When opinion writers from The NY Times decide to write about “twerking,” in a satirical essay riddled with a few questionable one liners, Black people get angry. Not just regular angry, but the type of angry that boldly @’s you on Twitter, demanding an explanation of words strung together for a powerfully painful sentence like this one:
“Explain that twerking is a dance move typically associated with lower-income African-American women that involves the rapid gyration of the hips in a fashion that prominently exhibits the elasticity of the gluteal musculature.”
While I am still giggling at many of these tweets, I can’t help but feel that Black people, specifically Black Twitter, cannot wait to be offended by something, causing an uproar, or rather a hilarious hashtag to take the internet by storm. While Teddy Wayne’s words about lower-income Black women are ignorant, they’re partly true and SATIRICAL!
Case in point–you will never in your life see Michelle Obama, Oprah or Ursula Burns twerking. But you will see Amber Rose, Tayquisha or the the like doing it all over social media. Miley Cyrus’ sudden interest in [bad] twerking is perplexing. While she’s in the tax bracket closer to Michelle Obama’s than Amber Rose’s, she’s chosen to engage in Black culture in a way that many Black people find offensive, myself included. According to xoJane, “Miley picks the parts of Black culture that suit her agenda and tickle her taste buds.”
But here’s the thing. Twerking is a dance. Better yet, it’s a trend or a fad with an abnormally long shelf life and the chameleon-like ability to change names. It’s been around way before Josephine Baker put on a banana skirt and a smile to shake her beautiful body all over France. Dancing is a part of Black culture that stretches over centuries and through many of our vast cultures. It’s our expression. So what if the name changes and mainstream media catches on? It will never take away our rich culture. You know what does take away from the richness of our culture? Miley’s perverse rendition of the dance for sh*ts, giggles and shock value.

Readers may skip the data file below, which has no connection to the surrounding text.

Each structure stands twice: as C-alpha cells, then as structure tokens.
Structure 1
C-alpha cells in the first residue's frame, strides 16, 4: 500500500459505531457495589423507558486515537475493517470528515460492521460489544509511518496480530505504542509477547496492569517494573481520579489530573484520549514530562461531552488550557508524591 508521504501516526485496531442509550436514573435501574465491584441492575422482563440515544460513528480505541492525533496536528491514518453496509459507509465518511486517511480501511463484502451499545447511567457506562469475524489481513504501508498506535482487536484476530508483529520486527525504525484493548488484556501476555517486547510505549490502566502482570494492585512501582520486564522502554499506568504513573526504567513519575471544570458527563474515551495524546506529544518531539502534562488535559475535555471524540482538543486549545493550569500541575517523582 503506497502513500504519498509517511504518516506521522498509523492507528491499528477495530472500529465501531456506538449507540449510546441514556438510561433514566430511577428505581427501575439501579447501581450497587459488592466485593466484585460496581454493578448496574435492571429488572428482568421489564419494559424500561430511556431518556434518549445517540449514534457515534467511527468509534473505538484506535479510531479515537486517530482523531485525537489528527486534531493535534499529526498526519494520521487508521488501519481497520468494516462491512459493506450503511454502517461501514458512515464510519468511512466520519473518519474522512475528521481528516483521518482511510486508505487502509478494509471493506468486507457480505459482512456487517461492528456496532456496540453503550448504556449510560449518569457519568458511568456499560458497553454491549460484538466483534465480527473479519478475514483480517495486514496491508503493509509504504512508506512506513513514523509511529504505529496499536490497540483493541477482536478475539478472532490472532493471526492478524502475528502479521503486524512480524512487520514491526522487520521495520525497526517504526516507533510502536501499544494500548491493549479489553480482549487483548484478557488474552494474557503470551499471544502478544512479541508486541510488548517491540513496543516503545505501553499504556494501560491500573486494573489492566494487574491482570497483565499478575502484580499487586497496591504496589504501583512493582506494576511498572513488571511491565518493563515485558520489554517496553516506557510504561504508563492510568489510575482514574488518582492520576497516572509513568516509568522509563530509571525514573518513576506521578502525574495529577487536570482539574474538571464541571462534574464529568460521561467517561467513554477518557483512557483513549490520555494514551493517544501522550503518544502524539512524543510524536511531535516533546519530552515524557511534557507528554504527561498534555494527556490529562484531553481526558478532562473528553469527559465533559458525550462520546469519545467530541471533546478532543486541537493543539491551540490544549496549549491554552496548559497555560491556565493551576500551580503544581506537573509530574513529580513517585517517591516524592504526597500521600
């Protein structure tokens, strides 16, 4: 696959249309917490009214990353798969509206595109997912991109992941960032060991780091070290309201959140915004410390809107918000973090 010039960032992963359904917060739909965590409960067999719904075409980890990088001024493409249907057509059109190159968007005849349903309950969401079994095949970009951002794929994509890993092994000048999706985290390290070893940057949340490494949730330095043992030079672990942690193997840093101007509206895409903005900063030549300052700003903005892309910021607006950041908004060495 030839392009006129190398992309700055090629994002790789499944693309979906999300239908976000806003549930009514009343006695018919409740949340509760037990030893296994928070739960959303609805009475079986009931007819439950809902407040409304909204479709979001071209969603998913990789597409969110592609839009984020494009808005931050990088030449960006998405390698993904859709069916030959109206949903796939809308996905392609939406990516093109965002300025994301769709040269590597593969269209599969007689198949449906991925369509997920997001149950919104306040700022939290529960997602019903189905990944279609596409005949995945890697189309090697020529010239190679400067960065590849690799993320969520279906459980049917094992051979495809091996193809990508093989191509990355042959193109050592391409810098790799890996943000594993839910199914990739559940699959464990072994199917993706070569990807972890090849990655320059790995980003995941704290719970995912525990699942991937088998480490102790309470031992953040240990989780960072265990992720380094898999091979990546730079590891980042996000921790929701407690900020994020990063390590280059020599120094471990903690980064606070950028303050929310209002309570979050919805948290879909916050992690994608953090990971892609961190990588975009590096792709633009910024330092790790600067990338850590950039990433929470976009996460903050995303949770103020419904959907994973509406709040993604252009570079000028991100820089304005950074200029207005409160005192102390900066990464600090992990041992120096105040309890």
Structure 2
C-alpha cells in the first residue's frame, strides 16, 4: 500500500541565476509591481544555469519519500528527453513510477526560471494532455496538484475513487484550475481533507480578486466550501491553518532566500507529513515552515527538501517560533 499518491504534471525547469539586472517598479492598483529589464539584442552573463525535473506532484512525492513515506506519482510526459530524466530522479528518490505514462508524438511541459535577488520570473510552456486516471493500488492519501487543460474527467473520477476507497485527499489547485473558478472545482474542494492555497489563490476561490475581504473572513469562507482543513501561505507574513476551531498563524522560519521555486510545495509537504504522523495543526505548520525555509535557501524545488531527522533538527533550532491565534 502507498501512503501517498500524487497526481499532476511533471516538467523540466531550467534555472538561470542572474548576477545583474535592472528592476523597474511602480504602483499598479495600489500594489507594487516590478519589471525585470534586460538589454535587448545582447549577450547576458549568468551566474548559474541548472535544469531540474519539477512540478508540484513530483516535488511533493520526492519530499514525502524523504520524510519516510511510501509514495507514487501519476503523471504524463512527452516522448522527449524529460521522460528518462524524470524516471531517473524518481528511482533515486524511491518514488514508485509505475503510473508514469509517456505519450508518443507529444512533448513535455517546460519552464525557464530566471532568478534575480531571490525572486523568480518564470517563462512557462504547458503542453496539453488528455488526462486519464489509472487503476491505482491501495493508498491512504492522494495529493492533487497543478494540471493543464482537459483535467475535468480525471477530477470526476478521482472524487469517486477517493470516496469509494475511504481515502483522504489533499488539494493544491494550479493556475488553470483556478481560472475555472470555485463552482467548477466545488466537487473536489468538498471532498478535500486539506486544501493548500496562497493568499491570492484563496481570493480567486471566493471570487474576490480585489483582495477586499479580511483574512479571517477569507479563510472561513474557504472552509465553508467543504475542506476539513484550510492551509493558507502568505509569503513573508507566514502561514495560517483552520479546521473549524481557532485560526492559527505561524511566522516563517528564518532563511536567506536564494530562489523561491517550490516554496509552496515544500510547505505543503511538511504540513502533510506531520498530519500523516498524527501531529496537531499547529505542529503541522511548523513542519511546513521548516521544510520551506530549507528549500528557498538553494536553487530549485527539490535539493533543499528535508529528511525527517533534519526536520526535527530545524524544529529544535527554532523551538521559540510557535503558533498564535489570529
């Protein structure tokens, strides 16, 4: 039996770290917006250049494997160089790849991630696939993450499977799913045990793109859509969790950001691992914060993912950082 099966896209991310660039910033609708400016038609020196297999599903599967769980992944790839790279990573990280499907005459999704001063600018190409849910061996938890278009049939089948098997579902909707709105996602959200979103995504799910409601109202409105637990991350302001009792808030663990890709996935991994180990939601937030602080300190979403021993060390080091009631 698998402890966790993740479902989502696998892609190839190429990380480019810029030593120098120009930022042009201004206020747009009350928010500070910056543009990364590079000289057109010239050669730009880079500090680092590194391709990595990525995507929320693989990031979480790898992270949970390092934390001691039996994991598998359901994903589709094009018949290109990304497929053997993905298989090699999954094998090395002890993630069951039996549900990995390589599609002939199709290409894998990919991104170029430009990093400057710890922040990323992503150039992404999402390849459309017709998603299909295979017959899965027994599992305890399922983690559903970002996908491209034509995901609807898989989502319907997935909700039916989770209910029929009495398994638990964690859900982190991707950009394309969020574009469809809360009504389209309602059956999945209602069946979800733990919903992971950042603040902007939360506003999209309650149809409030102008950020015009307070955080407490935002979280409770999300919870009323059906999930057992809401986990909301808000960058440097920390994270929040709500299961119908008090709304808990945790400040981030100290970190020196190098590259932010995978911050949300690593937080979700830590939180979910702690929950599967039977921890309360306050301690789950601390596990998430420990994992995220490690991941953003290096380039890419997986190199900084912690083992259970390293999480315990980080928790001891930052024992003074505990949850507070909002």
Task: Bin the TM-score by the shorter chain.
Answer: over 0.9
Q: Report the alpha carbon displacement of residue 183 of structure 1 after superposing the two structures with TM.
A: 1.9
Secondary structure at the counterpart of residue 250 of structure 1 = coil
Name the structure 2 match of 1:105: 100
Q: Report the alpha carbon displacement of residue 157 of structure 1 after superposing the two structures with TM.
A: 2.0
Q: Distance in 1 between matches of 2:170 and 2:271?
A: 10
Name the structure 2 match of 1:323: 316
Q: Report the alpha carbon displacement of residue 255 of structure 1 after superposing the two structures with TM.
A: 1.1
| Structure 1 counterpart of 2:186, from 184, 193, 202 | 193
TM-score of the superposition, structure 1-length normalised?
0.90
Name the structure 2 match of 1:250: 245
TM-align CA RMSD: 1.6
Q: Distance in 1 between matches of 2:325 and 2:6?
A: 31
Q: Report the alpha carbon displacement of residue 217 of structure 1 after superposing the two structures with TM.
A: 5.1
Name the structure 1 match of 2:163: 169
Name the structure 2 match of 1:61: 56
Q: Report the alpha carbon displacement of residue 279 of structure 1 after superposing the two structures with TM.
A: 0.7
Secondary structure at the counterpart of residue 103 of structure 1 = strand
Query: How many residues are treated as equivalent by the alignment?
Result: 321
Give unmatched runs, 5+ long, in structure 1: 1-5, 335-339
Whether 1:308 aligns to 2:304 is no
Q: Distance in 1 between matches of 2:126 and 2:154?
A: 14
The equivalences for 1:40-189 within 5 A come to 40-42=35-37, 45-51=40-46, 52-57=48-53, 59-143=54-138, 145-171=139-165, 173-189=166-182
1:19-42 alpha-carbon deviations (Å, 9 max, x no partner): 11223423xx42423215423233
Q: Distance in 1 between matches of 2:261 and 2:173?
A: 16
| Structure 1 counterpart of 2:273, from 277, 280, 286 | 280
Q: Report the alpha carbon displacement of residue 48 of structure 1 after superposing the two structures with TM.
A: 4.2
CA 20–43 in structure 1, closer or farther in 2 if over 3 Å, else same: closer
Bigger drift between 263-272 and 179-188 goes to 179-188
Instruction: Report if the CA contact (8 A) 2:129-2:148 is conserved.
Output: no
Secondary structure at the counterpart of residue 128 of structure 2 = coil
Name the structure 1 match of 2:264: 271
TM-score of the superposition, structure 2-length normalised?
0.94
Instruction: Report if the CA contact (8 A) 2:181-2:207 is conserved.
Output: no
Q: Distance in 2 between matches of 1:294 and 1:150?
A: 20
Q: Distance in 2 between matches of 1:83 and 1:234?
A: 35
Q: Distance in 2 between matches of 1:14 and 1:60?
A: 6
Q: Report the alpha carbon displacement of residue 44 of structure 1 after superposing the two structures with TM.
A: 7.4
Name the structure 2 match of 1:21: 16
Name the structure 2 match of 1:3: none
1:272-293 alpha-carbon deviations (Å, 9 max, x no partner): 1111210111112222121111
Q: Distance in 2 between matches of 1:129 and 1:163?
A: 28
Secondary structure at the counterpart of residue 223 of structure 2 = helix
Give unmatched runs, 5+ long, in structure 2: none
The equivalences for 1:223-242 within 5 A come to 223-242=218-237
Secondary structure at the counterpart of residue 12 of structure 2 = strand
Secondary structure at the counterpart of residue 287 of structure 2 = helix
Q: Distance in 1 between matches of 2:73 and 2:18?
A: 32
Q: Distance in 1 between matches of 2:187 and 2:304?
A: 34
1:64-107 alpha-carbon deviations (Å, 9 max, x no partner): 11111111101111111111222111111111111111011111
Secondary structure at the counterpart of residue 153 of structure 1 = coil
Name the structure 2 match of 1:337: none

One thing Teddy Wayne has a point with is this opinion, “…why Miley Cyrus, who is white and wealthy, does it at every opportunity. Patiently respond that, for Ms. Cyrus, twerking is a brazenly cynical act of cultural appropriation being passed off as a rebellious reclamation of her sexuality after a childhood in the Disneyfied spotlight…” In short, Miley is twerking for attention, desire to be a part of a culture she’s not a part of and well…rich boredom.
The Nation’s Aura Bogado responded to Teddy Wayne, saying,
“Wayne’s twerk talk is one that’s likely based on white parents who want to understand Miley Cyrus’s cannibalizing Video Music Awards performance, Wayne goes on to construe that Cyrus should get a pass for exploiting black culture (albeit for no good reason). In a couple of short paragraphs, Wayne not only ridicules Black women, who survive despite the apparatus of systemic racism that continues to deprive equal access to education, housing and wealth, but also establishes that Cyrus’ brazen “cynical act of cultural appropriation” is perfectly warranted.”
I can agree with Bogado’s thoughts on Wayne ridiculing Black women. However, I don’t think he’s taking it upon himself to reduce the heavy conversation about race into a short satirical piece about the “twerk talk.” I am not defending this man by any means. If anything, please Black Twitter, keep roasting him, so that him and people like him are aware of the harsh realities of racism and White privilege.
This may be the only part of Wayne’s piece that succeeds at satire:
“They may ask if you twerk with your significant other. Tell them that when a young man and young woman love each other very much and are in a packed, sweaty nightclub playing commercial hip-hop, yes, they sometimes twerk to express their affections.”
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